The Cultural Power of Food
Summer research connects food and community in the Global Kitchen
Food connects us all in a very visceral, human way — after all, everyone eats. This summer, one Grinnell student is conducting a research project to study how we can use this common bond to create connections on campus and beyond.
Nora Leahy’s (’24) Mentored Advanced Project (MAP) is titled Food, Culture, and Experiential Learning in the Liberal Arts. Her project explores how Grinnell’s new Marcus Family Global Kitchen can help create community and encourage connections through food. “Food can be a way to bridge cultures,” Leahy explains.
This morning, Leahy pulls chilled pastry dough out of the Global Kitchen’s gleaming new refrigerator and prepares to roll it out. She’s making quiche to be delivered to the emergency food pantry operated by Mid-Iowa Community Action (MICA) in Grinnell.
Leahy swiftly chops up some Swiss chard and scallions from the Grinnell College Garden to toss in the quiche. Local produce from one of the community gardens, or occasionally gathered on a foraging expedition, is an important part of the project, but Leahy concedes that it can be hard to know exactly what to do with something like Swiss chard.
“I'm cooking a quiche with that, so hopefully, it’s a little more appealing and it’s a little easier for people to use,” Leahy says. The staff at MICA report that her donations usually disappear quickly. “That makes me very happy,” Leahy says.
In the Global Kitchen
With her MAP adviser, Professor of Russian Todd Armstrong, Leahy is exploring how Grinnellians can use the Global Kitchen for coursework and other community-building activities, not only on campus, but also throughout the town of Grinnell. Besides her donations to local food pantries, Leahy is also looking forward to participating in Grinnell’s Community Meal, hosted by the Methodist Church.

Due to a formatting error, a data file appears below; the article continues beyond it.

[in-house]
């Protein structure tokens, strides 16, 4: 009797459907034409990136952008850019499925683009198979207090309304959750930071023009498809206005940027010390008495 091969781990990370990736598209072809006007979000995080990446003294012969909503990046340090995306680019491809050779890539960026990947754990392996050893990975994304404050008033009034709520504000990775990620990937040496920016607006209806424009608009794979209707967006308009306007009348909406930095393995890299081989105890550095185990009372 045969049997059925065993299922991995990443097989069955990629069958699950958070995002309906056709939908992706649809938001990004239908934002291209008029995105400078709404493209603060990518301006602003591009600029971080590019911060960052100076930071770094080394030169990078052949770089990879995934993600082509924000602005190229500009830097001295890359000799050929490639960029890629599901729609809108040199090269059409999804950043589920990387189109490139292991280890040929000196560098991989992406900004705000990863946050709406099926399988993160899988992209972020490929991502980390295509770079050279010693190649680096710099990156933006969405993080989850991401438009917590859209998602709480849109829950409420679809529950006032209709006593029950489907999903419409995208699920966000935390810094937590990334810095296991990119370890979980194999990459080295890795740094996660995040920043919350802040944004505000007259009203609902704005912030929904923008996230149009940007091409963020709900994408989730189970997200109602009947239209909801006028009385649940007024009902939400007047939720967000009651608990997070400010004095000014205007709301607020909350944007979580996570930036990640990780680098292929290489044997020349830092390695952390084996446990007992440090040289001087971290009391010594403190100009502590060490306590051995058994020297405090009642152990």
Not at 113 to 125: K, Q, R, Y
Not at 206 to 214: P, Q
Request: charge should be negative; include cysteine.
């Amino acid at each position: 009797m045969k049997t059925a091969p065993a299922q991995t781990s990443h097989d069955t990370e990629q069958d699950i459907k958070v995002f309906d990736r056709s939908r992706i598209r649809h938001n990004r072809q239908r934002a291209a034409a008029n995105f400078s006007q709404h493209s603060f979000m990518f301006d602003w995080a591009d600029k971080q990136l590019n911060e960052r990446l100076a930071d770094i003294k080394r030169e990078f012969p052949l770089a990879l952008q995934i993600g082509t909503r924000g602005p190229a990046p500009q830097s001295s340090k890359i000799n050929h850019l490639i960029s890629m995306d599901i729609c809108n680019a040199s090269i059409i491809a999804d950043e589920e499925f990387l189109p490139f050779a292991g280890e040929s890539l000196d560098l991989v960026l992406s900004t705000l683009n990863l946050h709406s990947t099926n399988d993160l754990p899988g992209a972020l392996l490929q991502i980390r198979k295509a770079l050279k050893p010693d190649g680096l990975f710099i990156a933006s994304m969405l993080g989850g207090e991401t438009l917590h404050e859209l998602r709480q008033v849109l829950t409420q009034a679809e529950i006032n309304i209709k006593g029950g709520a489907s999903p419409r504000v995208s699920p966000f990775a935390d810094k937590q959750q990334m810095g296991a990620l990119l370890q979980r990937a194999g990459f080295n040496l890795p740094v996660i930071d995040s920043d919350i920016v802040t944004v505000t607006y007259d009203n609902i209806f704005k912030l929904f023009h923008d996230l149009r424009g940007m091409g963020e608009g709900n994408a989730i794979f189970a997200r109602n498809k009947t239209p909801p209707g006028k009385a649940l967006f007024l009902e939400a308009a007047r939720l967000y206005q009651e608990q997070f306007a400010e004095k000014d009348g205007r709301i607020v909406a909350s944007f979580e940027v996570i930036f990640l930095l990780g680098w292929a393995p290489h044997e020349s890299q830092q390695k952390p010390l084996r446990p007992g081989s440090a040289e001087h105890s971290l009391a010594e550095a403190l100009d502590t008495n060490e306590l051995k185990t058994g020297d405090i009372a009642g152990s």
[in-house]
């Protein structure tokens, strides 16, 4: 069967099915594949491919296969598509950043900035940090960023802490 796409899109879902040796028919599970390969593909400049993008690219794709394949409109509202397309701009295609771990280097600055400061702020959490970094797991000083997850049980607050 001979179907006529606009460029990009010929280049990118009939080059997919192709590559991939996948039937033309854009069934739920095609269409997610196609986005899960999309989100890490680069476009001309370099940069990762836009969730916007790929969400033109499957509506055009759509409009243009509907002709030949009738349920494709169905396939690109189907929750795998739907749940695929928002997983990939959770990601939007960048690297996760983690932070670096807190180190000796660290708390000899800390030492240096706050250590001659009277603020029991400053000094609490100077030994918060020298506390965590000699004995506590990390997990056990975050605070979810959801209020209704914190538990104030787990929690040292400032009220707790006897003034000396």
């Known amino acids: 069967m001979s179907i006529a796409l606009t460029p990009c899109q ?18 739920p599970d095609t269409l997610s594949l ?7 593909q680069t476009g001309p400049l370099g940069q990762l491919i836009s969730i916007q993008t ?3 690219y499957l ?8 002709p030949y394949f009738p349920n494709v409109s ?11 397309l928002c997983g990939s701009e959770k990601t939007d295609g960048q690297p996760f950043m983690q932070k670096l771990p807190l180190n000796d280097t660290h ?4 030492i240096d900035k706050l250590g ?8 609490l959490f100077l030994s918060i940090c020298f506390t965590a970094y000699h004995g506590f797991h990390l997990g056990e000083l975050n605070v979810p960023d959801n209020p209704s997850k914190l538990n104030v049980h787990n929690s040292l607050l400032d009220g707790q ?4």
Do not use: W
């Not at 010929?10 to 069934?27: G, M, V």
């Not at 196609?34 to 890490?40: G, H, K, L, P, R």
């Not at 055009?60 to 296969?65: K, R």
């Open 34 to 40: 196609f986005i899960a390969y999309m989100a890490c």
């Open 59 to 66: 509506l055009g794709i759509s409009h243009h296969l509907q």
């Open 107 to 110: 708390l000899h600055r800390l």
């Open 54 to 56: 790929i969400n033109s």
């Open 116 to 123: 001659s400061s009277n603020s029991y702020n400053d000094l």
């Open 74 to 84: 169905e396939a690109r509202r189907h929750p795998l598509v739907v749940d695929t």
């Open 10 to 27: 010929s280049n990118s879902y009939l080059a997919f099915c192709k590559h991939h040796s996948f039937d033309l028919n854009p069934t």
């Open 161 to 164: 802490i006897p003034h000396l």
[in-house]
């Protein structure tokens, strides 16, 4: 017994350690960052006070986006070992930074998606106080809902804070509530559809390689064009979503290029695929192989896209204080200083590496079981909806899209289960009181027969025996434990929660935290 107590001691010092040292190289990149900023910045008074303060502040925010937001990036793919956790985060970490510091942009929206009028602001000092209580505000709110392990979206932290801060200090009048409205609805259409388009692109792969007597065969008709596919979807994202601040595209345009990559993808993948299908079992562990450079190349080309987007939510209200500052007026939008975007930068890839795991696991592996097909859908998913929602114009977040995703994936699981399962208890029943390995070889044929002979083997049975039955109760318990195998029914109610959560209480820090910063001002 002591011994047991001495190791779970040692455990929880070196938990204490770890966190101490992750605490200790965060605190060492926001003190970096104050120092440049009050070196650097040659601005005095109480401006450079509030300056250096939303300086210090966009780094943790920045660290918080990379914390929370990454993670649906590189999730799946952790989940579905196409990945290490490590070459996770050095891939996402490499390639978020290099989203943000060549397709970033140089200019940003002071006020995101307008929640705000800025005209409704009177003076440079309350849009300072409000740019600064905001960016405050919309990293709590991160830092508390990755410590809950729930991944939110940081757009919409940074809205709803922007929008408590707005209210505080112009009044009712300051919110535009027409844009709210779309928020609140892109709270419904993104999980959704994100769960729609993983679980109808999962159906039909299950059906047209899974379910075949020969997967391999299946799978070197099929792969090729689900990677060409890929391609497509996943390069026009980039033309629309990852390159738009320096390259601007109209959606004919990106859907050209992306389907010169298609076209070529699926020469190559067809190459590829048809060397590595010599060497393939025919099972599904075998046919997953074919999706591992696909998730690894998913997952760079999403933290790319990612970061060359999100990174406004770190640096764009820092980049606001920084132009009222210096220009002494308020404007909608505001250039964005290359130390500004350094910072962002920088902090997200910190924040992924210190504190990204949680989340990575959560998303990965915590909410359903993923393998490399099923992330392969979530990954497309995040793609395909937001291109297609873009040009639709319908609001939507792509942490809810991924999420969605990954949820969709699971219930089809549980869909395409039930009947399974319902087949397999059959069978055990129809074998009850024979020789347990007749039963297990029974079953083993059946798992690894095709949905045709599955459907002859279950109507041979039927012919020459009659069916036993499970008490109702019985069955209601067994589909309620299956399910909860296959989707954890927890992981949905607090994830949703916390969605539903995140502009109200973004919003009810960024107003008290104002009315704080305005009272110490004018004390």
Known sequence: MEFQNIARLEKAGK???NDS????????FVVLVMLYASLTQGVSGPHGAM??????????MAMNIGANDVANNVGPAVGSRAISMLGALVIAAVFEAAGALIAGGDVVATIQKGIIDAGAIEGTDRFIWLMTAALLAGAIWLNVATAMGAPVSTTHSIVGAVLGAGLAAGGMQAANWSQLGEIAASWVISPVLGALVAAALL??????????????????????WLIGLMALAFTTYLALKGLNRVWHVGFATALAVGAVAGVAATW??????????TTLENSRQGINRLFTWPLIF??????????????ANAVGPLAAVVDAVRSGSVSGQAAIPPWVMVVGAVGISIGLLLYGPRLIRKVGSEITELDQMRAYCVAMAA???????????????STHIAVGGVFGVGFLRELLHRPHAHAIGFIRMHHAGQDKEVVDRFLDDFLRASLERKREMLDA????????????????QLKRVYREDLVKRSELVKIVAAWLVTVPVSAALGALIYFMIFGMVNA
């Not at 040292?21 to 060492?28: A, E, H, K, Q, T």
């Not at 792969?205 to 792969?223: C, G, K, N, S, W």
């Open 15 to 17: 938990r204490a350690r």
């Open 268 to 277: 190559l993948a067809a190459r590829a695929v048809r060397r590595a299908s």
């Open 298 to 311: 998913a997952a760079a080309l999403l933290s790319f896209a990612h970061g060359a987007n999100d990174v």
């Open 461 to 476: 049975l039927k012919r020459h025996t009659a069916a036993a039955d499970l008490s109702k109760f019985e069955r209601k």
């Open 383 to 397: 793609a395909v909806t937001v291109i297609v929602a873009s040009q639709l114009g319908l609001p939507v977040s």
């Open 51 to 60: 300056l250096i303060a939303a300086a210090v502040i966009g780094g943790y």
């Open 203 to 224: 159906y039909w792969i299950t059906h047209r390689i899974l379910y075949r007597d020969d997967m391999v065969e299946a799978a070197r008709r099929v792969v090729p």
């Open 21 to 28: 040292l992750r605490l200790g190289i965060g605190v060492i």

Leahy says she has been able to develop new relationships by talking to people about her MAP. It's about paying attention to people and getting to know them, she explains, and listening to their ideas about what the Global Kitchen could contribute.
“Something Todd and I really agree on is that food is a form of community,” Leahy says, adding that people quickly begin to feel comfortable with each other when they cook and eat together.
Leahy, a studio art major and East Asian studies concentrator, served as an assistant for Armstrong’s First-Year Tutorial, Comrades in the Kitchen: Russian and Soviet Food and Culture in the Soviet Century. “I was just there cooking with them, so it was a ton of fun,” she says. Leahy loves studying languages — she speaks Spanish and Chinese — so she was fascinated by the glimpses into Russian language and culture she got through the tutorial.
‘My Version of Fun’
She also loves trying out recipes to create something new to contribute to local food pantries and other community venues. “I try to keep changing it up,” she explains. Leahy collaborated with student workers at the College Garden to make carrot cake muffins using locally harvested carrots. She also made double chocolate macarons, a personal favorite.
In fact, baking is her first love in the kitchen. She grew up baking with her mom, who enjoys chocolate chip cookies so much she bakes them almost every day. They make a great snack for Leahy’s younger brothers and sisters after school. “Baking is always something that's encouraged in my house, but cooking has never been my strong suit.”
Her MAP has given her the opportunity to venture beyond baking. “it’s been a huge learning process,” she admits. “I had to be taught how to cook or cut an onion or how to cook vegetables and basic stuff like that.”
“I'm definitely getting better at cooking and growing to appreciate it,” she adds.
Armstrong has given her plenty of leeway to make the MAP her own. “I have a ton of free rein in this,” Leahy says. She has researched how other colleges with similar facilities are using their kitchens, and she is seeking out articles to support a paper Armstrong is writing. But what she really loves in the hands-on work in the kitchen.
“Honestly, I feel really privileged to get to do this as my MAP,” Leahy says. “This is definitely my version of fun.”